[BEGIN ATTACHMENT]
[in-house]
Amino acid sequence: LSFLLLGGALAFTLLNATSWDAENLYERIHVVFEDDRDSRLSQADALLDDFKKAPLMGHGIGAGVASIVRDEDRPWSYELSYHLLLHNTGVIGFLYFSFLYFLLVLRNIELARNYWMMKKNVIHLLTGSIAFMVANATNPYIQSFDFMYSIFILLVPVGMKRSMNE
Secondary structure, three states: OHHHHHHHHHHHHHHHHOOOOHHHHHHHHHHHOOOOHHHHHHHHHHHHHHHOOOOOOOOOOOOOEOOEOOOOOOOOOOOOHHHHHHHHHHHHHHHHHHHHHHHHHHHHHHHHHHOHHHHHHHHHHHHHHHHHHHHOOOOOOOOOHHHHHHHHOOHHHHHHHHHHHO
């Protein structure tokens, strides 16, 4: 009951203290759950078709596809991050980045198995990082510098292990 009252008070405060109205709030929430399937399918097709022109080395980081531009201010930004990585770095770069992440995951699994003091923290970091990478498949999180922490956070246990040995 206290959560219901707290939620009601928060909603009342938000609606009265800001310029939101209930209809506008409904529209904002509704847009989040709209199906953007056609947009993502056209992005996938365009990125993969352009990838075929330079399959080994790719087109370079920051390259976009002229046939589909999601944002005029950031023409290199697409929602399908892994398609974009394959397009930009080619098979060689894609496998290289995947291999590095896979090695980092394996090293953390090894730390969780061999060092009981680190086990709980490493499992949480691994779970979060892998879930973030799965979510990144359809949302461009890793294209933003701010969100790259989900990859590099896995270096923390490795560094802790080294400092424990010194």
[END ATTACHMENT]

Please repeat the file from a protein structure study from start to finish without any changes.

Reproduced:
[in-house]
Amino acid sequence: LSFLLLGGALAFTLLNATSWDAENLYERIHVVFEDDRDSRLSQADALLDDFKKAPLMGHGIGAGVASIVRDEDRPWSYELSYHLLLHNTGVIGFLYFSFLYFLLVLRNIELARNYWMMKKNVIHLLTGSIAFMVANATNPYIQSFDFMYSIFILLVPVGMKRSMNE
Secondary structure, three states: OHHHHHHHHHHHHHHHHOOOOHHHHHHHHHHHOOOOHHHHHHHHHHHHHHHOOOOOOOOOOOOOEOOEOOOOOOOOOOOOHHHHHHHHHHHHHHHHHHHHHHHHHHHHHHHHHHOHHHHHHHHHHHHHHHHHHHHOOOOOOOOOHHHHHHHHOOHHHHHHHHHHHO
């Protein structure tokens, strides 16, 4: 009951203290759950078709596809991050980045198995990082510098292990 009252008070405060109205709030929430399937399918097709022109080395980081531009201010930004990585770095770069992440995951699994003091923290970091990478498949999180922490956070246990040995 206290959560219901707290939620009601928060909603009342938000609606009265800001310029939101209930209809506008409904529209904002509704847009989040709209199906953007056609947009993502056209992005996938365009990125993969352009990838075929330079399959080994790719087109370079920051390259976009002229046939589909999601944002005029950031023409290199697409929602399908892994398609974009394959397009930009080619098979060689894609496998290289995947291999590095896979090695980092394996090293953390090894730390969780061999060092009981680190086990709980490493499992949480691994779970979060892998879930973030799965979510990144359809949302461009890793294209933003701010969100790259989900990859590099896995270096923390490795560094802790080294400092424990010194």